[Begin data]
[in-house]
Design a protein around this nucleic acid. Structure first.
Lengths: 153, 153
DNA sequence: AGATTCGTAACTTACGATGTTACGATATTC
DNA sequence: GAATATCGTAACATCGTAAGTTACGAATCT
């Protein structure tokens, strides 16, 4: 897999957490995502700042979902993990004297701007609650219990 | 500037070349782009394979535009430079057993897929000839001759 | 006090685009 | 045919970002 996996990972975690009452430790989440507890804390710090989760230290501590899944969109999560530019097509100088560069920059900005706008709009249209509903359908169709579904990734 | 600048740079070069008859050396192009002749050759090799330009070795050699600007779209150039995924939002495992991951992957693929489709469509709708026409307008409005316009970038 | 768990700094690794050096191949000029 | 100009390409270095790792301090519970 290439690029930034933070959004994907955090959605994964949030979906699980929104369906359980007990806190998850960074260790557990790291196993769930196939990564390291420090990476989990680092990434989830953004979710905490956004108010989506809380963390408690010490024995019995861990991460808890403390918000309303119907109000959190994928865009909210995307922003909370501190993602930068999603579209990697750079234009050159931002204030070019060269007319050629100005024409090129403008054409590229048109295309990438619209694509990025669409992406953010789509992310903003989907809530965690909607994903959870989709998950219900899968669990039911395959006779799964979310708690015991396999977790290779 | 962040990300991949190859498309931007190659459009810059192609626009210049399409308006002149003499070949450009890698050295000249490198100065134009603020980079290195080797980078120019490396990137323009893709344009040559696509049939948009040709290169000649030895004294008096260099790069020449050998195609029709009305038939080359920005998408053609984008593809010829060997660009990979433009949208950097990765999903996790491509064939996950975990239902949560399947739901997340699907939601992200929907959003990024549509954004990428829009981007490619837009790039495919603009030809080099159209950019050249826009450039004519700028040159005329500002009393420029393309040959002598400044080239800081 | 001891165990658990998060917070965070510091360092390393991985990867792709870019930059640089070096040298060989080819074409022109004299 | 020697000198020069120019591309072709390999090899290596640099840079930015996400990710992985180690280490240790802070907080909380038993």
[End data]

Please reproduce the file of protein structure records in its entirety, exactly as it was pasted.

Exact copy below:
[in-house]
Design a protein around this nucleic acid. Structure first.
Lengths: 153, 153
DNA sequence: AGATTCGTAACTTACGATGTTACGATATTC
DNA sequence: GAATATCGTAACATCGTAAGTTACGAATCT
């Protein structure tokens, strides 16, 4: 897999957490995502700042979902993990004297701007609650219990 | 500037070349782009394979535009430079057993897929000839001759 | 006090685009 | 045919970002 996996990972975690009452430790989440507890804390710090989760230290501590899944969109999560530019097509100088560069920059900005706008709009249209509903359908169709579904990734 | 600048740079070069008859050396192009002749050759090799330009070795050699600007779209150039995924939002495992991951992957693929489709469509709708026409307008409005316009970038 | 768990700094690794050096191949000029 | 100009390409270095790792301090519970 290439690029930034933070959004994907955090959605994964949030979906699980929104369906359980007990806190998850960074260790557990790291196993769930196939990564390291420090990476989990680092990434989830953004979710905490956004108010989506809380963390408690010490024995019995861990991460808890403390918000309303119907109000959190994928865009909210995307922003909370501190993602930068999603579209990697750079234009050159931002204030070019060269007319050629100005024409090129403008054409590229048109295309990438619209694509990025669409992406953010789509992310903003989907809530965690909607994903959870989709998950219900899968669990039911395959006779799964979310708690015991396999977790290779 | 962040990300991949190859498309931007190659459009810059192609626009210049399409308006002149003499070949450009890698050295000249490198100065134009603020980079290195080797980078120019490396990137323009893709344009040559696509049939948009040709290169000649030895004294008096260099790069020449050998195609029709009305038939080359920005998408053609984008593809010829060997660009990979433009949208950097990765999903996790491509064939996950975990239902949560399947739901997340699907939601992200929907959003990024549509954004990428829009981007490619837009790039495919603009030809080099159209950019050249826009450039004519700028040159005329500002009393420029393309040959002598400044080239800081 | 001891165990658990998060917070965070510091360092390393991985990867792709870019930059640089070096040298060989080819074409022109004299 | 020697000198020069120019591309072709390999090899290596640099840079930015996400990710992985180690280490240790802070907080909380038993």